Realtor sees ‘bumper year’ over 400% transaction rise


Tribune Business Editor


A well-known Bahamian realtor yesterday revealed that his firm enjoyed a “bumper year” in 2021 with closed property transactions increasing by 400 percent year-over-year.

George Damianos, president of Damianos Sotheby’s International Realty, told Tribune Business he was optimistic that 2022 would be equally as strong for the high-end market the company specialises in following 2021’s five-fold jump as he forecast the sector will “stay strong” for another two years at least.

Suggesting that the COVID Omicron variant was unlikely to dampen international buyer interest in The Bahamas unless border/travel restrictions were unreasonably tightened, he added that the Government’s recent move to eliminate the 12 percent VAT rate on the portion of property purchases valued over $2m would create a further “psychological” boost that aids the sector.

“We had a bumper year in 2021. We were up 400 percent over 2020 on closed transactions, volume and value,” Mr Damianos disclosed to this newspaper. “Our average list price today is $2.5m, and the average sale price in 2021 was $1.75m. 2020 was also up over 2019.

“It was a good year for real estate companies in The Bahamas. If you missed that, you will be feeling pretty sad. I’m optimistic, and think 2022 will be equally as strong - maybe a bit less. You might have a slightly lesser year in 2022 because inventory levels are lower, but I’m optimistic because that demand will be there.

“I think the real estate market is good in The Bahamas, and it should stay that way for another couple of years.” Mr Damianos said the realisation that the world will be living with COVID-19 and its variants for some time to come was helping to stimulate demand for Bahamian real estate as buyers sought out socially distanced with reduced infection possibilities (Omicron notwithstanding).

“People are at a stage in their lives where they want to make a decision and enjoy a place like The Bahamas, and have a second home or set up residency and move here,” he added. “People think: Do it now rather than later. This COVID thing will be around for a while, so let’s get it done, go somewhere with the family, and have a nice vacation. Wealthy people have a lot of money these days.”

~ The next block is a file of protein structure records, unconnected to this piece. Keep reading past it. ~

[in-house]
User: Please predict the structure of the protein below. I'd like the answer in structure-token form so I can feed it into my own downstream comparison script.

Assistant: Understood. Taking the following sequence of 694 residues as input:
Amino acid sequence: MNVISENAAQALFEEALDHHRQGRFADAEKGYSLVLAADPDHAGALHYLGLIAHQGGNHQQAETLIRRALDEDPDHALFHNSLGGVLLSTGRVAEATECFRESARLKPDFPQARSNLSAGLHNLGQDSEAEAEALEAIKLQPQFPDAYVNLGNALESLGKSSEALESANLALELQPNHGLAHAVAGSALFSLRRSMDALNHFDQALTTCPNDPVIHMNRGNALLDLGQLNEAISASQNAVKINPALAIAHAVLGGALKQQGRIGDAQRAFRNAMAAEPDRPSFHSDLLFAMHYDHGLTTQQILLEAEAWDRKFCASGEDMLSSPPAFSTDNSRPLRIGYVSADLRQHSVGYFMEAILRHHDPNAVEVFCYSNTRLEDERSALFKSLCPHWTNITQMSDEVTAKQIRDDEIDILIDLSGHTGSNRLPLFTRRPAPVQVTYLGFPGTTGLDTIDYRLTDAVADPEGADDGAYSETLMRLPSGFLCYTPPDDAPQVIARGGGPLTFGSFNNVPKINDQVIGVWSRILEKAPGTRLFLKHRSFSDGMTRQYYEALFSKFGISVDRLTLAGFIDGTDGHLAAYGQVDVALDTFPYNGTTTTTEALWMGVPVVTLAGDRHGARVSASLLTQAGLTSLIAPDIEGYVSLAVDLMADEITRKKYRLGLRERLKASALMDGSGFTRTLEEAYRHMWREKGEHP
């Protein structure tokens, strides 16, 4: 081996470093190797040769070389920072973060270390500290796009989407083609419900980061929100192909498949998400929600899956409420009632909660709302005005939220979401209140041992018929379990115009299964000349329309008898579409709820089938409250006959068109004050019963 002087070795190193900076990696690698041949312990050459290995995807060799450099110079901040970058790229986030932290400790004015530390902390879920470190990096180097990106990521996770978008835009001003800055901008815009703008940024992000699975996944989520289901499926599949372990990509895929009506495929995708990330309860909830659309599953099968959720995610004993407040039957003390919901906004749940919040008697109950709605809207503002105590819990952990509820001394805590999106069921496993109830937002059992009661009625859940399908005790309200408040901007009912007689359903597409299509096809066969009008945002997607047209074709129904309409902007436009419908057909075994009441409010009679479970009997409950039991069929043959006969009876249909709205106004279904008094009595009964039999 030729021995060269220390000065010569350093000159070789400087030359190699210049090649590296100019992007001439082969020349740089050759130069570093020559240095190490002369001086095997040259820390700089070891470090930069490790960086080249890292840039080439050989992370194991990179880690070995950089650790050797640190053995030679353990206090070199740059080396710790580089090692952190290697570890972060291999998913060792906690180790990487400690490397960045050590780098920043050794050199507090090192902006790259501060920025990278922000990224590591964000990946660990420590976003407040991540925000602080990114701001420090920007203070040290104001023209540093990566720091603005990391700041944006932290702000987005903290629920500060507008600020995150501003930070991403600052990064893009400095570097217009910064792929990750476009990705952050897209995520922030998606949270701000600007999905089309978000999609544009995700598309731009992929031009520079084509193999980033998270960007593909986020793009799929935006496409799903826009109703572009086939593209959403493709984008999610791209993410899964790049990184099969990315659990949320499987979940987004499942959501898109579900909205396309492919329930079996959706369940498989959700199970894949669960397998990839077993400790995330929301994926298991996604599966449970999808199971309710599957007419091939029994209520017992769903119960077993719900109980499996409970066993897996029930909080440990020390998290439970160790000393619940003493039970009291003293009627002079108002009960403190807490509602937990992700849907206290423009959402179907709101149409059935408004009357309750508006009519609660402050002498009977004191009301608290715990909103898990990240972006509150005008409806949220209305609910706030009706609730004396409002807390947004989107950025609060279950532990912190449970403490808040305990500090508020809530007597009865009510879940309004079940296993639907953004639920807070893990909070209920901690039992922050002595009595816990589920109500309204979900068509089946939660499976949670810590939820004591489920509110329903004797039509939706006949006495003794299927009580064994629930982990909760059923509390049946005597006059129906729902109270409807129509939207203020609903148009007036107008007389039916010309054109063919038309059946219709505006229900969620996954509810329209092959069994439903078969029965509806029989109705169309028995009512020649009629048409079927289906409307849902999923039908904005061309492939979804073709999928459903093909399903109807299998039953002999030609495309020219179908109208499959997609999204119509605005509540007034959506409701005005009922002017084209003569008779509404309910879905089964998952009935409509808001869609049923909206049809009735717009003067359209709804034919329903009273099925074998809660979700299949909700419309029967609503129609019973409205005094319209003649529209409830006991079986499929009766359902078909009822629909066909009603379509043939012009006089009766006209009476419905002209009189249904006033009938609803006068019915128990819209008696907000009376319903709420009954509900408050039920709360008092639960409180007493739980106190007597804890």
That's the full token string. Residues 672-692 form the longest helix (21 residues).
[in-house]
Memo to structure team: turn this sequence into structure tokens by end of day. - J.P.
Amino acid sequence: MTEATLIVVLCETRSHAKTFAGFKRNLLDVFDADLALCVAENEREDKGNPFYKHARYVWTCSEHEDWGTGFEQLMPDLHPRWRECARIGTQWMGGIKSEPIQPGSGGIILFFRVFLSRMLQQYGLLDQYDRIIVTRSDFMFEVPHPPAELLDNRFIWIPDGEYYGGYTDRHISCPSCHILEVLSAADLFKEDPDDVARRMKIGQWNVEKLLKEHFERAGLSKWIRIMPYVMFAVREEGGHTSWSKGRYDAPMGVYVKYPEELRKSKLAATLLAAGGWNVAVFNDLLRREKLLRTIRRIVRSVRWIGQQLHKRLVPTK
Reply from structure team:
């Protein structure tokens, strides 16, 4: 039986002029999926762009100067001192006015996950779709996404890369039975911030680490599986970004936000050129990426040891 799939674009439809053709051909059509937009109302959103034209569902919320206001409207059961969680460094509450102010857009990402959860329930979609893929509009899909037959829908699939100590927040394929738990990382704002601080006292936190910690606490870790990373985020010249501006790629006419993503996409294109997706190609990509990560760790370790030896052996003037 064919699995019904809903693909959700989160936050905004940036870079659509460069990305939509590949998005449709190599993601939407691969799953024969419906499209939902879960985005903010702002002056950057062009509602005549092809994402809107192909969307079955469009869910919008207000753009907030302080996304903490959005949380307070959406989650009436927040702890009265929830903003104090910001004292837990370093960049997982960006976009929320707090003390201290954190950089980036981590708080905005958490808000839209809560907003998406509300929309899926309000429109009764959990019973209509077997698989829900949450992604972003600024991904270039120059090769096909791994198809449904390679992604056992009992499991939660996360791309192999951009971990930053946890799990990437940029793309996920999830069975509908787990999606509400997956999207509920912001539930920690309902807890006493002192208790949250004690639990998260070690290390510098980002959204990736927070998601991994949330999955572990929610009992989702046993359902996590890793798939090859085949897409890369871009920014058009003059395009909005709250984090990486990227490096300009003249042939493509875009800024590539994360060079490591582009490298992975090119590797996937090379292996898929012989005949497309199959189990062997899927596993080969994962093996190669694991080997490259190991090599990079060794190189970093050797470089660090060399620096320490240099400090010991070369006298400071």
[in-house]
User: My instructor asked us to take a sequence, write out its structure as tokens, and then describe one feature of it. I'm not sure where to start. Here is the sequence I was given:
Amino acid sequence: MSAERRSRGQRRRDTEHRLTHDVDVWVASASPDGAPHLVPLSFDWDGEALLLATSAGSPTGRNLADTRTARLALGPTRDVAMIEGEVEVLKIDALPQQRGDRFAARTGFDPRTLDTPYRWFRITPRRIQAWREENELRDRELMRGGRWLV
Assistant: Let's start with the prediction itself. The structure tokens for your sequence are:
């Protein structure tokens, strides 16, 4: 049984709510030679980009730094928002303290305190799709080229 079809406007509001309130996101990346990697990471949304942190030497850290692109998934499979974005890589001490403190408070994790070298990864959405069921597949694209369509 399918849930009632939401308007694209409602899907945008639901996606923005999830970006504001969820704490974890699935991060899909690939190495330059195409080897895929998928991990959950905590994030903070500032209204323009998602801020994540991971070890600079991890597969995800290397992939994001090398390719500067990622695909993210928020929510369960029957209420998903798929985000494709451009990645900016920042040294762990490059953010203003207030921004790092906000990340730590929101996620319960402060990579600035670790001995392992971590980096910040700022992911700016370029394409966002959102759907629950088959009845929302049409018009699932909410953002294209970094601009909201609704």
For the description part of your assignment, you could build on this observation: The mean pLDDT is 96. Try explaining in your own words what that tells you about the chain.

Mr Damianos said he presently saw no further COVID-related market disruption “unless these travel restrictions become onerous and people are not able to come to The Bahamas”. And he argued that there were few better hedges against inflation and/or new and increased taxes in the US “than a hard asset like real estate, especially a beachfront or oceanfront property in The Bahamas”.

The Damianos Sotheby’s chief said the Davis administration’s decision to return to one single VAT rate, 10 percent, on all real estate transactions and eliminate the 12 percent on the $2m-plus portion provided simplicity and reduced closing costs.

As for the actual financial impact, he added: “Realistically it’s more psychological than the actual dollars and cents. Would you have deterred a buyer because he had to pay an extra percentage or two to the Government? I don’t think they would have walked, but it’s a nice boost because people will think they will not be taxed to death in The Bahamas.

“The more taxes you put on foreign and Bahamian purchasers, the more onerous it is to purchase than beforehand. With easing taxes, you should get more transactions and those transactions will bring more to the Public Treasury than the extra two percentage points. We’re optimistic.”

Mike Lightbourn, Coldwell Banker Lightbourn Realty’s president, similarly told Tribune Business that his firm enjoyed a record year in 2021. “We were way up over 2019,” he confirmed. “It was better for everybody. The only ones who might have had a difficult time would be those only dealing in the Bahamian market because of buyer problems getting financing. That’s not going away.

“We’re just going to keep our fingers crossed, that’s all I can say, and if we keep COVID cases down then things should be good. The money is there. I think interest rates will go up in the US a little bit, but not enough to affect tourism. The outlook is bright subject to the unknown. Right now, everything looks good, but this Omicron variant, COVID, we don’t know what effect that’s going to have.”


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